You could, of course, just drop the weight if you hit muscular failure. However, dropping a loaded barbell from such a height could be very dangerous for the people training close by. So your best bet is to recruit a spotter before you begin your set if you plan on training to failure.
Decline lying barbell triceps extension
Due to the slope of the bench, the decline barbell triceps extension really encourages you to lower the bar well behind your head to take advantage of the BB lying tricep extension's excellent eccentric stretch.
But since the lying barbell tricep extension is so conducive to heavy lifting, you'll need a decline bench that has foot holders so that you don't slide down the bench during the exercise.
A rock-solid core can definitely compensate for the lack of a foot holder, but when you're training for hypertrophy, you want your body to be as stable as possible so that you can focus purely on working the target muscles.
Floor lying barbell tricep extensions
If you're training at home or just don't have access to a weight bench for whatever reason, then you can do a barbell tricep extension on the floor.
This variation is helpful for learning the proper form because you can touch the bar to the ground on every rep to ensure that you're using a consistent range of motion. As such, when you add weight to the bar, you can be sure that it's a result of your triceps strength and not because you're reducing the range of motion in order to lift heavier weights (because you know that you’re always using the same range of motion when you touch the bar to the floor).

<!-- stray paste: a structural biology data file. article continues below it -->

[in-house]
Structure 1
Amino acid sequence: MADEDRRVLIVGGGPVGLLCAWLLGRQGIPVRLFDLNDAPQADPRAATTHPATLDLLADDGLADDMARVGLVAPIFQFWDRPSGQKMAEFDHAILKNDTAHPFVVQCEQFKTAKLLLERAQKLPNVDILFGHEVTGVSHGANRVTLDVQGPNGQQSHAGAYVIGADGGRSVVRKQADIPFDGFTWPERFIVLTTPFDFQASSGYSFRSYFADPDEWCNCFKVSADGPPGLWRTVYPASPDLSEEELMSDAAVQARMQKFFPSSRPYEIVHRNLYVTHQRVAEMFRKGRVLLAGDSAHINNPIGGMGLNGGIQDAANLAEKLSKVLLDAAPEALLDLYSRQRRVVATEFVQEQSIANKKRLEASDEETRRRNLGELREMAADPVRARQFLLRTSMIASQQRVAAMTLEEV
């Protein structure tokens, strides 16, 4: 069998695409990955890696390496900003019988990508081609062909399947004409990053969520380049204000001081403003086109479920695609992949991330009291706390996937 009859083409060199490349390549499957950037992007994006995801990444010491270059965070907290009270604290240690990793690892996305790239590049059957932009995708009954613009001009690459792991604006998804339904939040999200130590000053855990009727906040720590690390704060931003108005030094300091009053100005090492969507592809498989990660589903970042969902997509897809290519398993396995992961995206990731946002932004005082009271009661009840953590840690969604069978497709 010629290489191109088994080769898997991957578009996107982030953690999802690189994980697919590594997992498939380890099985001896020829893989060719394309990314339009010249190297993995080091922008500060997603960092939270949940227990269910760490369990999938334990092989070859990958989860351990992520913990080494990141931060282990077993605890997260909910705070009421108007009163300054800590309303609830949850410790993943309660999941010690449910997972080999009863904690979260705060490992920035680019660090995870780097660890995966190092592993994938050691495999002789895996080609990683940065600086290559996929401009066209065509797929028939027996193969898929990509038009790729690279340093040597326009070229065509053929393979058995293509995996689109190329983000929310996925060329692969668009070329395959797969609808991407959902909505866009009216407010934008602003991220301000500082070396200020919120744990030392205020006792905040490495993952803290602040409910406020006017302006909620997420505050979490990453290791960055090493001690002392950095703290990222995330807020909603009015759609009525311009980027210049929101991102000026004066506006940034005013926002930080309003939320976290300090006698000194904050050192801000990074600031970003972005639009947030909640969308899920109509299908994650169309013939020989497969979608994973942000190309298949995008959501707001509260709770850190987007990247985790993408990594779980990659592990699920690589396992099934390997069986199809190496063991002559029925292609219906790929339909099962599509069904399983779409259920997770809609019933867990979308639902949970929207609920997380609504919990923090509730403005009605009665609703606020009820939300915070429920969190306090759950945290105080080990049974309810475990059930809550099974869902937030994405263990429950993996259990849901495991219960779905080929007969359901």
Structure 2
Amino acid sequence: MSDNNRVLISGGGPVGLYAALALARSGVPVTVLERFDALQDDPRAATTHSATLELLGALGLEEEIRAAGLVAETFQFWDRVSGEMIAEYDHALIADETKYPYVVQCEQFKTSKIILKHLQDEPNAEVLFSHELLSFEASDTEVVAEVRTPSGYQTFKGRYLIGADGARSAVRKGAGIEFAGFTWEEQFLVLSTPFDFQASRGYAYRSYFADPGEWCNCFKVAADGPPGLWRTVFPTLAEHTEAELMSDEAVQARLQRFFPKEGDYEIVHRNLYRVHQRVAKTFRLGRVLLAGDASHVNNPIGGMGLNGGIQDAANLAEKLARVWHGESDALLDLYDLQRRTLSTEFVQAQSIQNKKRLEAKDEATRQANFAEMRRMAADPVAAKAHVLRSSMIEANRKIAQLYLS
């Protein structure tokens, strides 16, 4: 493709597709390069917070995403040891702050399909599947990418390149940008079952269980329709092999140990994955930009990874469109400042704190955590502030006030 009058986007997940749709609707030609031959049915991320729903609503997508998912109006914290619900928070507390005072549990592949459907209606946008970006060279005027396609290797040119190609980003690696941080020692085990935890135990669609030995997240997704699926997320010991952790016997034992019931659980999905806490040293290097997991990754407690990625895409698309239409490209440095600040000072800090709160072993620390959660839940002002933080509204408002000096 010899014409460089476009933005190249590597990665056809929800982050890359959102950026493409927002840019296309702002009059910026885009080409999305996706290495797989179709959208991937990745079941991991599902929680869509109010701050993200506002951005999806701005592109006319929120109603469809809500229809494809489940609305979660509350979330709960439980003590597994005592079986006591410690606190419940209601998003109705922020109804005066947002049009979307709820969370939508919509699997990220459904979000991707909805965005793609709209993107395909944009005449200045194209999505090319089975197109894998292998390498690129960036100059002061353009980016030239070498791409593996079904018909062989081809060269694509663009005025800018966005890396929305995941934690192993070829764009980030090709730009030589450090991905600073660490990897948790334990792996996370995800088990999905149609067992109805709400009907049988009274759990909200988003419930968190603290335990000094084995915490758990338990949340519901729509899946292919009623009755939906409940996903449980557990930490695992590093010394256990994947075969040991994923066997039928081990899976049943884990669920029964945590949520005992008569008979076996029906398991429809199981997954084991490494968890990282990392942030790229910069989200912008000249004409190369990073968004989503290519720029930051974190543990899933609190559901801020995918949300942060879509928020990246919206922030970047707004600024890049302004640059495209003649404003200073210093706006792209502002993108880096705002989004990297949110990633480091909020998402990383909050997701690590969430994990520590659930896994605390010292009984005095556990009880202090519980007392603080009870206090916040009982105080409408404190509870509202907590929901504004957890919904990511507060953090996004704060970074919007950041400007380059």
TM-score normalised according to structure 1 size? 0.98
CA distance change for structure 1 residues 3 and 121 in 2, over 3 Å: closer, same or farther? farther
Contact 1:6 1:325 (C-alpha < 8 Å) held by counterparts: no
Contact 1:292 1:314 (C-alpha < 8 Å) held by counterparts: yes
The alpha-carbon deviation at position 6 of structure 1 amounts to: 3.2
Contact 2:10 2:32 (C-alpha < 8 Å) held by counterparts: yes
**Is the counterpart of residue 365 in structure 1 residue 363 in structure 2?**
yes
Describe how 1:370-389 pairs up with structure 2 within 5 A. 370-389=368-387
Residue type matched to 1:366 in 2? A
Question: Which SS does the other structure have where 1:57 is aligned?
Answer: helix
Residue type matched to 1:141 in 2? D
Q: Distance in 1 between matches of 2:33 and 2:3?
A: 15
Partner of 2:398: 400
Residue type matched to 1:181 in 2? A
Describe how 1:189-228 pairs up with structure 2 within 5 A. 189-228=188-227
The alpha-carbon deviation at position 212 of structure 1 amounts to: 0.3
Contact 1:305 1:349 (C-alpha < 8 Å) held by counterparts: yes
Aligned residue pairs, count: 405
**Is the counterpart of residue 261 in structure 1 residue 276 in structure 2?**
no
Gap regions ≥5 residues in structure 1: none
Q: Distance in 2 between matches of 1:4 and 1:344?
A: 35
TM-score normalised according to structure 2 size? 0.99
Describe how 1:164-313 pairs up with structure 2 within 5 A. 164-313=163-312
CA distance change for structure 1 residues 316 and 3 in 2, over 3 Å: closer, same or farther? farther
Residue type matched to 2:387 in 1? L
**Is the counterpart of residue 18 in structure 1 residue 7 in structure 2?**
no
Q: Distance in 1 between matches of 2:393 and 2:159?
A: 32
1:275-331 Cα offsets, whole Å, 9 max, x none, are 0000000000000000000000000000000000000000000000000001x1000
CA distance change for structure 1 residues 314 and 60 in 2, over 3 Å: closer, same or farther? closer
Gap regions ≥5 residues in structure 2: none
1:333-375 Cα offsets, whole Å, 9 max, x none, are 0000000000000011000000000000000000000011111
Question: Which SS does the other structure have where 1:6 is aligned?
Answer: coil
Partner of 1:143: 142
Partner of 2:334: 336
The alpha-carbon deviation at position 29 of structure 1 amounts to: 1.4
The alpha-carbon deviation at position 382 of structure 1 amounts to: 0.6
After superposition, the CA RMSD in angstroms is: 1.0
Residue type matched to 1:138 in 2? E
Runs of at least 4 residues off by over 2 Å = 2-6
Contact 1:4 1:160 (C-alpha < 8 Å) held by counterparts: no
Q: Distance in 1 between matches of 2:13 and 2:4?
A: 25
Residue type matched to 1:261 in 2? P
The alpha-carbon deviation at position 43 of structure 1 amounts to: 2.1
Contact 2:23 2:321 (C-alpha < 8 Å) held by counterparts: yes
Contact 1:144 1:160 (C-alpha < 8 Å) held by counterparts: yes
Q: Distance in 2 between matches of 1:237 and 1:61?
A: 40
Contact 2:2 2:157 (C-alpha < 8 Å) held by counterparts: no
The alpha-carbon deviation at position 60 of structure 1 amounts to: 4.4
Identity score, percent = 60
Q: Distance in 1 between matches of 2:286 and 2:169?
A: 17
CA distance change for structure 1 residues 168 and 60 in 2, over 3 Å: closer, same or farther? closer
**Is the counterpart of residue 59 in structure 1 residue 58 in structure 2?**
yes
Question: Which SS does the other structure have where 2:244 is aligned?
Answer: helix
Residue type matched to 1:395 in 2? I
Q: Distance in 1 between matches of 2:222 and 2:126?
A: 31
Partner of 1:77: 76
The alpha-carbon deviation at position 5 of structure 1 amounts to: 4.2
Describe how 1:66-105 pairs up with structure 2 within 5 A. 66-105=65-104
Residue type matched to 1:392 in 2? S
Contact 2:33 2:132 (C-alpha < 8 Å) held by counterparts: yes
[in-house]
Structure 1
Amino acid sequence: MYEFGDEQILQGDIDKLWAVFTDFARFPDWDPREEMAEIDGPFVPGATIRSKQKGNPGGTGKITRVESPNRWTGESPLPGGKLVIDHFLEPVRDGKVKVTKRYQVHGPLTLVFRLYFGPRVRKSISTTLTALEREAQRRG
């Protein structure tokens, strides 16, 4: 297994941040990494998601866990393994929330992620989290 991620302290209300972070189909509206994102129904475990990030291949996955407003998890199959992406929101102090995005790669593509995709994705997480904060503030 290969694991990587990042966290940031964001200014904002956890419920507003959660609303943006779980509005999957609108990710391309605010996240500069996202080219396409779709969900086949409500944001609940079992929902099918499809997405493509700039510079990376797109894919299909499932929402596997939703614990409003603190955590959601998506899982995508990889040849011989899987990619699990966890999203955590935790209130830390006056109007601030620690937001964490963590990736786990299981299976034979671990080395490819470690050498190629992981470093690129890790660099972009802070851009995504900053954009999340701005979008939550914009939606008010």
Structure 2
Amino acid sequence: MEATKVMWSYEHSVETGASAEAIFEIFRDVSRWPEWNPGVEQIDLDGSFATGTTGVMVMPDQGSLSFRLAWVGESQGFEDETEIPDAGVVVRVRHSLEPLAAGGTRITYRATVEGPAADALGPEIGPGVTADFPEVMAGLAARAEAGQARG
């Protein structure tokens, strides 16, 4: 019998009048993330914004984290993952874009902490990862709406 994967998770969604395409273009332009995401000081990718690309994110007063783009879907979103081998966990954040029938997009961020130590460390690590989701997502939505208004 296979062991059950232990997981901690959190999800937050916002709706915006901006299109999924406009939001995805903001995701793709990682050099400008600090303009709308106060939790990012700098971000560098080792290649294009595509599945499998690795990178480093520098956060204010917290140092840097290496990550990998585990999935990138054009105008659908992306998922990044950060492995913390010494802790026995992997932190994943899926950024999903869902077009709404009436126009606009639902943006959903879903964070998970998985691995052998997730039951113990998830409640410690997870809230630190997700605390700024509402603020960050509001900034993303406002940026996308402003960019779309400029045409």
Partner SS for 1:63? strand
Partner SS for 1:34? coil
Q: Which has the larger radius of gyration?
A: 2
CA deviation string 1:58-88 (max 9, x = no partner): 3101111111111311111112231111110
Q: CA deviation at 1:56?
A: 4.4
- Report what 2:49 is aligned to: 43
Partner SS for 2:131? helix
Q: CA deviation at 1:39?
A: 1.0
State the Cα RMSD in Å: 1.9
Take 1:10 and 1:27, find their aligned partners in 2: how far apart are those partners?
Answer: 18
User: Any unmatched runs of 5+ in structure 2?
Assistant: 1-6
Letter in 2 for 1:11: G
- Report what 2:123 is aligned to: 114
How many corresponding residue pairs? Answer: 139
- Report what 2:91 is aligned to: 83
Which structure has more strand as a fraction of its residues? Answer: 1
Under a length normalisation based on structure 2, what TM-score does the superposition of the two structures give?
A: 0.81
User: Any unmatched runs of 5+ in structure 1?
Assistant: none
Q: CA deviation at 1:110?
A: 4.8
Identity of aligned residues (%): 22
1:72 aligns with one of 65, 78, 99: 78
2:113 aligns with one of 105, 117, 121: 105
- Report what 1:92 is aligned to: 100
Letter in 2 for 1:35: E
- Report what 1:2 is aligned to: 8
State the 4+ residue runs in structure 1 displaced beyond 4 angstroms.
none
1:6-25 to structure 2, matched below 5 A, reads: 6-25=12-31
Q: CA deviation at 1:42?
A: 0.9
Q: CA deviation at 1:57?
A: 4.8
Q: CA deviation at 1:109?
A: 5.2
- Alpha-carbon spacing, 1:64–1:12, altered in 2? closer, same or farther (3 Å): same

The drawback of doing lying barbell triceps extensions on the floor is that your range of motion is shorter by default. Specifically, the weight plates might hit the floor before your triceps receive an optimal stretch.
So be sure to use small weight plates or, to be on the safe side hypertrophy-wise, stick to the bench version where you can lower the bar under your head to really intensify the eccentric stretch.
Conclusion: How effective is the barbell lying tricep extension?
The barbell lying tricep extension has excellent mass-building potential because you can increase the resistance regularly with the help of small weight discs and fractional plates.
Furthermore, since barbells require less stabilization than dumbbells, you can give your triceps maximum attention by making the straight bar your tricep training tool of choice.
The main lying barbell tricep extension drawback is that the exercise forces your wrists into full pronation.
So your best bet is to stick to moderate or high reps in order to limit the amount of torque going through your joints. That's why we recommended sets of 8-20 reps for the lying barbell triceps extension even though the triceps, as the human body's most fast-twitch muscle group, respond excellently to low reps.